But never forget the comfort he leaves us with. Not a hair of your head will perish. By your endurance you will gain your souls.
Three years later, we have endured. It’s been a long three years. But as we endure, our souls grow stronger. With each crisis, we learn where our hearts truly are. And the longer we keep faith in what is constant, what is true, what is holy—the more deeply we know our God.
Friends, we have had a plan for the apocalypse all along. If you are here, then All Saints’ Church is a part of your plan. As time rolls like a river, this place is where we gather to gain sustenance for the long race each of us must endure in life. This is the blessed community, where heaven descends from above down onto this earth and we gain a glimpse of the world the way God sees it. This is the place where we comfort one another in sorrow and lift one another up in grace. This is the place where we encounter God. This is the body of Christ, which endured the humiliation of the cross and rises in glory anew.
I have the privilege as your pastor of knowing what the people of All Saints’ Church have been up to in the past three years, since the last time we heard these words. You have been beacons of hope and light in the world. We come here for solace, renewal, and inspiration. But then we go out bearing those same things to those who need it. You carry the light of the Gospel into hospitals and clinics, offices and classrooms. You are witnesses to your friends and family, to strangers and acquaintances. You may not have known it, but this was your plan for the apocalypse all along. And every time you are a channel of God’s love, you confront someone else with the same question of what their plan is in the face of the Almighty.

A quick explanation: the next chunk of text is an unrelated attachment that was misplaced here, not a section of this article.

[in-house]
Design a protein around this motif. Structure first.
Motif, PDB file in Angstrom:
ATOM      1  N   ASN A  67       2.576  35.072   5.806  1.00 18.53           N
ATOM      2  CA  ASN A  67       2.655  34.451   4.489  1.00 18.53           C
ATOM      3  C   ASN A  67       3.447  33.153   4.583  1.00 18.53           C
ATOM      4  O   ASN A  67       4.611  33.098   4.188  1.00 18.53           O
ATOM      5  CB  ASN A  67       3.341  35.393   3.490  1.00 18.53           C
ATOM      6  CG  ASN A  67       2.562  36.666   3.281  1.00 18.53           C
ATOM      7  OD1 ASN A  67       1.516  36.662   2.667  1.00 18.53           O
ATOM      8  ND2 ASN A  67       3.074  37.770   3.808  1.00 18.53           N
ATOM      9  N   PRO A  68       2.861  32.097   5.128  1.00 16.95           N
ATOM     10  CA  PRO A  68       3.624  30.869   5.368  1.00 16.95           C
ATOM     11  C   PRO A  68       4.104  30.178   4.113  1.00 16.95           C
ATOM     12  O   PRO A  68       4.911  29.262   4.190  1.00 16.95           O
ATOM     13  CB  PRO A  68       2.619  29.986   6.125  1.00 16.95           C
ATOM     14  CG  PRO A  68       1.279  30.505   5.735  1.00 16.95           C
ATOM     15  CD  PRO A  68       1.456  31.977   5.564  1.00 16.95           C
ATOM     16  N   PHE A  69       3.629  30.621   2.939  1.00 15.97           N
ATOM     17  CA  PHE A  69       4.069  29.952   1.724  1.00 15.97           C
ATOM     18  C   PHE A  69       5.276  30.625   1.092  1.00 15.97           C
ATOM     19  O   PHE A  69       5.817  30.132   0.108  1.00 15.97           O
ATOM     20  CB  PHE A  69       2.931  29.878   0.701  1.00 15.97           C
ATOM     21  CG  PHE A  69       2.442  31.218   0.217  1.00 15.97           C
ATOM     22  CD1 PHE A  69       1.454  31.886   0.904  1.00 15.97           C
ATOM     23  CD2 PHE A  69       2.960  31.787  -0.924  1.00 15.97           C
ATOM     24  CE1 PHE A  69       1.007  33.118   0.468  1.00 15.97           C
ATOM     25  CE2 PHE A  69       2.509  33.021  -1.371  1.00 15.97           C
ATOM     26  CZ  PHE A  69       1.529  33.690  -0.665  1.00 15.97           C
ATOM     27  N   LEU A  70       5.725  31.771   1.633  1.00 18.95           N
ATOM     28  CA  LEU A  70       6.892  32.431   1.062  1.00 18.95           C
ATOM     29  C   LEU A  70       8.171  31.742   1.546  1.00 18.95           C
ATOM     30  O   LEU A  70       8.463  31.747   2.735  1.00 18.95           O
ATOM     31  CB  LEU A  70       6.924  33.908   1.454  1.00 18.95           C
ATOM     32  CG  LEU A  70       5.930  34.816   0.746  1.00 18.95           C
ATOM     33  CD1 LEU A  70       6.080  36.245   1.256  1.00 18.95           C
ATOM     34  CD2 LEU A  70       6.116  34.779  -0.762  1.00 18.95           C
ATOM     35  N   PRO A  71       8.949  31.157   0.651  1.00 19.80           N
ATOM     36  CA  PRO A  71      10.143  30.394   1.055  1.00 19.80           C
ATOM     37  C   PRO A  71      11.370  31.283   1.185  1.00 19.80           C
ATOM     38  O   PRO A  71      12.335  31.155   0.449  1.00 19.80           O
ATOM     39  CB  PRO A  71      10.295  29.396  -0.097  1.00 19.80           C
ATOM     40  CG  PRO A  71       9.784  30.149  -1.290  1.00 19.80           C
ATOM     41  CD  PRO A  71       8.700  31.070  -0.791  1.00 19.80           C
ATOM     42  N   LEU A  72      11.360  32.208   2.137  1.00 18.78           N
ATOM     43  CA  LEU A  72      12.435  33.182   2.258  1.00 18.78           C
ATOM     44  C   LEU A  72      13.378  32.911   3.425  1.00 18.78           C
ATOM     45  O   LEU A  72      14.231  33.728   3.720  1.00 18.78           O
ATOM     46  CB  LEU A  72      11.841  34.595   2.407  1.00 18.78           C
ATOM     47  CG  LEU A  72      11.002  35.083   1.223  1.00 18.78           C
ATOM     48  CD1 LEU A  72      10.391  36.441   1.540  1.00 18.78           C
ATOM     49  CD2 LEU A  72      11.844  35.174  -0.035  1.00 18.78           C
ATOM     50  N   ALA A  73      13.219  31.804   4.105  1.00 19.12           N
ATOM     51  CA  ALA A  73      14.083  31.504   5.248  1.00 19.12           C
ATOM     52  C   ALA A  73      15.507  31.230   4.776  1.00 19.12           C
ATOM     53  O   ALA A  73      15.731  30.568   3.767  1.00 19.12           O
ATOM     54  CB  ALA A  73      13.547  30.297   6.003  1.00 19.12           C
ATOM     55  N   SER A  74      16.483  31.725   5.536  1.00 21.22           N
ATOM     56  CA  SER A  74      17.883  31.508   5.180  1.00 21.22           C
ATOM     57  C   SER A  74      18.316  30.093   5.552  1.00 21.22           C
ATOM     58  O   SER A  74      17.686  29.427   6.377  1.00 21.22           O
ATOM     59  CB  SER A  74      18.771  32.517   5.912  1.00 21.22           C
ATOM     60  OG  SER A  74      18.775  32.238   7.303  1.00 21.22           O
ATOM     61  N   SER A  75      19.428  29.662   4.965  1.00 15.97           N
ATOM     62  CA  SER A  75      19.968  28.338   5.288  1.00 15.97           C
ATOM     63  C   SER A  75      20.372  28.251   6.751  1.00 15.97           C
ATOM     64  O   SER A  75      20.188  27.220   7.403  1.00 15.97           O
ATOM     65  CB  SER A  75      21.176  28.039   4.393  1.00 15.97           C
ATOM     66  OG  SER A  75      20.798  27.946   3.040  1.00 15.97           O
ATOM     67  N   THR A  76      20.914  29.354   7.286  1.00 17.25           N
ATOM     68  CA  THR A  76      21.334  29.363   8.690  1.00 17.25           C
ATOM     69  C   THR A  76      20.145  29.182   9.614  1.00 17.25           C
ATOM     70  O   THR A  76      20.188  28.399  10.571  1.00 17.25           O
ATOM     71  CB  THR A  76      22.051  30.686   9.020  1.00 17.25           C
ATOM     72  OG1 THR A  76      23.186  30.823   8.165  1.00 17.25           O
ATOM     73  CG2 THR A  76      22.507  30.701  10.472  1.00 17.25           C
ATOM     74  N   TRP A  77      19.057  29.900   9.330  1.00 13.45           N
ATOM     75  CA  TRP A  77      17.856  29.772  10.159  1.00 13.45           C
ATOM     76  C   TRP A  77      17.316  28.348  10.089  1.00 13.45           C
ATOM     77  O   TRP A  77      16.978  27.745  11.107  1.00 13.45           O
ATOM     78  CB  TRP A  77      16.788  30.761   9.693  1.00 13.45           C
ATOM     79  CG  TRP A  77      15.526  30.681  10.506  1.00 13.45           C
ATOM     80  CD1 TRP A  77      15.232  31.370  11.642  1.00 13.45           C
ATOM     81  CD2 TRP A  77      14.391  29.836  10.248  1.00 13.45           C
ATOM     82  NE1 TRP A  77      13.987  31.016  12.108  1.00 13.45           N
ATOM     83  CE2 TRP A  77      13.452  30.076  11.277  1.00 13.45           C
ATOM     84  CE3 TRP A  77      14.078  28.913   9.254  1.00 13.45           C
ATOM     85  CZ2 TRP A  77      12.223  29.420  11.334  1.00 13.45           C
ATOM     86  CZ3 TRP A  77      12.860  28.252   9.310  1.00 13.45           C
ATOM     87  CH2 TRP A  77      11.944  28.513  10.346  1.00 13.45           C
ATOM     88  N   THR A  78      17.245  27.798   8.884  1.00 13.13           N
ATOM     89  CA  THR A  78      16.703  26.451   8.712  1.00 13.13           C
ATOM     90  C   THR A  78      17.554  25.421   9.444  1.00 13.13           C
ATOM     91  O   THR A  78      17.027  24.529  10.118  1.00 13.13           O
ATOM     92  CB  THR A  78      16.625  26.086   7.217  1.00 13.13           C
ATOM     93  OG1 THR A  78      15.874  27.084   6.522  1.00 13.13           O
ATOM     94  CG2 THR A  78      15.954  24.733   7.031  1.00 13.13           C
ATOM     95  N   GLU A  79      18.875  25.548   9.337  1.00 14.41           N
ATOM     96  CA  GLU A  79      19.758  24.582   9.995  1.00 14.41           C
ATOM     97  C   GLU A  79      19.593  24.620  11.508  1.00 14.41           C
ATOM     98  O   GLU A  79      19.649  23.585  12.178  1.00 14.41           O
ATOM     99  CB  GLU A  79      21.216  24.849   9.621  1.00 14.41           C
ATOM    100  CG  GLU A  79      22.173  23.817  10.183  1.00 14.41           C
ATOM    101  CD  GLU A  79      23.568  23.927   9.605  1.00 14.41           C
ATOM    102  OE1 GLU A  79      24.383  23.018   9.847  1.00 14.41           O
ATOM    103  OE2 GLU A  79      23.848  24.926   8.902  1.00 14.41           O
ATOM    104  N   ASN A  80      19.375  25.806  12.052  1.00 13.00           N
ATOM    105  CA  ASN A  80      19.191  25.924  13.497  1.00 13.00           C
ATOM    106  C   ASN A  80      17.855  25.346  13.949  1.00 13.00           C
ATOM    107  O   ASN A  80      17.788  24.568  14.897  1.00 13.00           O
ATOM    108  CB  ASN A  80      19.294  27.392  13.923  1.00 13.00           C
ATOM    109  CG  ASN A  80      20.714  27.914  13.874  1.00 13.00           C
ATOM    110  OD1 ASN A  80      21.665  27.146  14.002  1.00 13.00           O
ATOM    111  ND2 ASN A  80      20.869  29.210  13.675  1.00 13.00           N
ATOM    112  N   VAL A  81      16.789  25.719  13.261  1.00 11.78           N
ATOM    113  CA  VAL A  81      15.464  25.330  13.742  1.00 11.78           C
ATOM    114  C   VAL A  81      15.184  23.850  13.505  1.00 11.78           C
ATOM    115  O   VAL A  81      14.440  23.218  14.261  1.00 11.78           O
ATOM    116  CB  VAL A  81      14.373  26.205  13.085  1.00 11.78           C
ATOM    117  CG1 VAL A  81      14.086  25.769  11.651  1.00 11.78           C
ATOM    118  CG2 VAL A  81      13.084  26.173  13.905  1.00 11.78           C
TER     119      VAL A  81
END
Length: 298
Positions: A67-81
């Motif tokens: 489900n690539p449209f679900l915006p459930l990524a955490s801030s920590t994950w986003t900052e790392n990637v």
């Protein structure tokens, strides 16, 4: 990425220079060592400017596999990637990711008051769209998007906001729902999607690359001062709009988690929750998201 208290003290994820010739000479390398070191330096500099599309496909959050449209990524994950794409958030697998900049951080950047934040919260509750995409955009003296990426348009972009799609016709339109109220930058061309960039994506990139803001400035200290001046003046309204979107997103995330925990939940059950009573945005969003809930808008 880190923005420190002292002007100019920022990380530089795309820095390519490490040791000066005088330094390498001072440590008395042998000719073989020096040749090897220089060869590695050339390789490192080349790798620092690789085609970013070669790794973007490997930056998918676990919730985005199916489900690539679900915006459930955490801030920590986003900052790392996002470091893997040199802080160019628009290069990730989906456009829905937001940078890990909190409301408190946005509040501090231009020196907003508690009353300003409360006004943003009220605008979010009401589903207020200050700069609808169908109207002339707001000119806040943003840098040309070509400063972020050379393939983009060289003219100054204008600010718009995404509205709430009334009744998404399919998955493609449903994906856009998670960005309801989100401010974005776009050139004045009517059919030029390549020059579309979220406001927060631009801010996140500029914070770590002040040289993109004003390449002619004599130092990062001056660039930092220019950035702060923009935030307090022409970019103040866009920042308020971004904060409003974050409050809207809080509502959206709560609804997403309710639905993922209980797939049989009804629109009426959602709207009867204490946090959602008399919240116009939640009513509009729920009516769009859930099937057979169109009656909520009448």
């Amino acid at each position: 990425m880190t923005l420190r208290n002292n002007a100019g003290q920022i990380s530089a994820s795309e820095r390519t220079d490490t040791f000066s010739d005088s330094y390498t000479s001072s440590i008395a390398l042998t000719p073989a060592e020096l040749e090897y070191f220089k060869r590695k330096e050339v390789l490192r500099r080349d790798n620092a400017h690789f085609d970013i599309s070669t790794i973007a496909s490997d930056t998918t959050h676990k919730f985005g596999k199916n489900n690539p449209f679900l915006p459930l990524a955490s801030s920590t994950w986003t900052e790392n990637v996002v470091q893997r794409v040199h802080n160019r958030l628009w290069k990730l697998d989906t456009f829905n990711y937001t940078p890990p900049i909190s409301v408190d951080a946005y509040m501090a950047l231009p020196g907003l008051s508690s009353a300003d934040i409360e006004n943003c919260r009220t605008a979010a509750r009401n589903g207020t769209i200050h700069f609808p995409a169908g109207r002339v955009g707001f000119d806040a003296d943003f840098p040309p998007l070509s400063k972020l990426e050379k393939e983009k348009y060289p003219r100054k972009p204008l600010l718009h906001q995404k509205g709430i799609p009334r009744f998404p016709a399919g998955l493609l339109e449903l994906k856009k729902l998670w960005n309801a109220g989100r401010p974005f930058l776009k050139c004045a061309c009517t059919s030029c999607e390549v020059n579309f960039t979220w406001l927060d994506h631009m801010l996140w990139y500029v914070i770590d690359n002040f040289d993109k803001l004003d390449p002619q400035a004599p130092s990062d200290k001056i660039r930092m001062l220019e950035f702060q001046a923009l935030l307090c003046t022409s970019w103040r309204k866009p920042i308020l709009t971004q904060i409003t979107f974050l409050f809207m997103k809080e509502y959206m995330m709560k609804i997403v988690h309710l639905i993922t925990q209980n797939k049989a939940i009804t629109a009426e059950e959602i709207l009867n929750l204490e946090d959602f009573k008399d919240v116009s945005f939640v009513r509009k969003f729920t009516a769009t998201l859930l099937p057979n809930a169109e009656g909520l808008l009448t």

We are in our 2020 stewardship campaign at All Saints’. As you reflect on what you will offer this place next year, I hope you will give thanks and celebrate what it has been to you while keeping faith for what it will be in the future. Rich and poor and everything in between—we all want the same thing. We want to be loved and know we are loved. We want to have meaning in our lives and sense of connection. Our souls long for God. We will not gain our souls by hoarding treasure or influence. We will not gain our souls through clever plans or dodging the truth. You won’t even gain your soul by being right and proving that you are right. No. There is only one plan for the apocalypse: endure. And by your endurance you will gain your souls.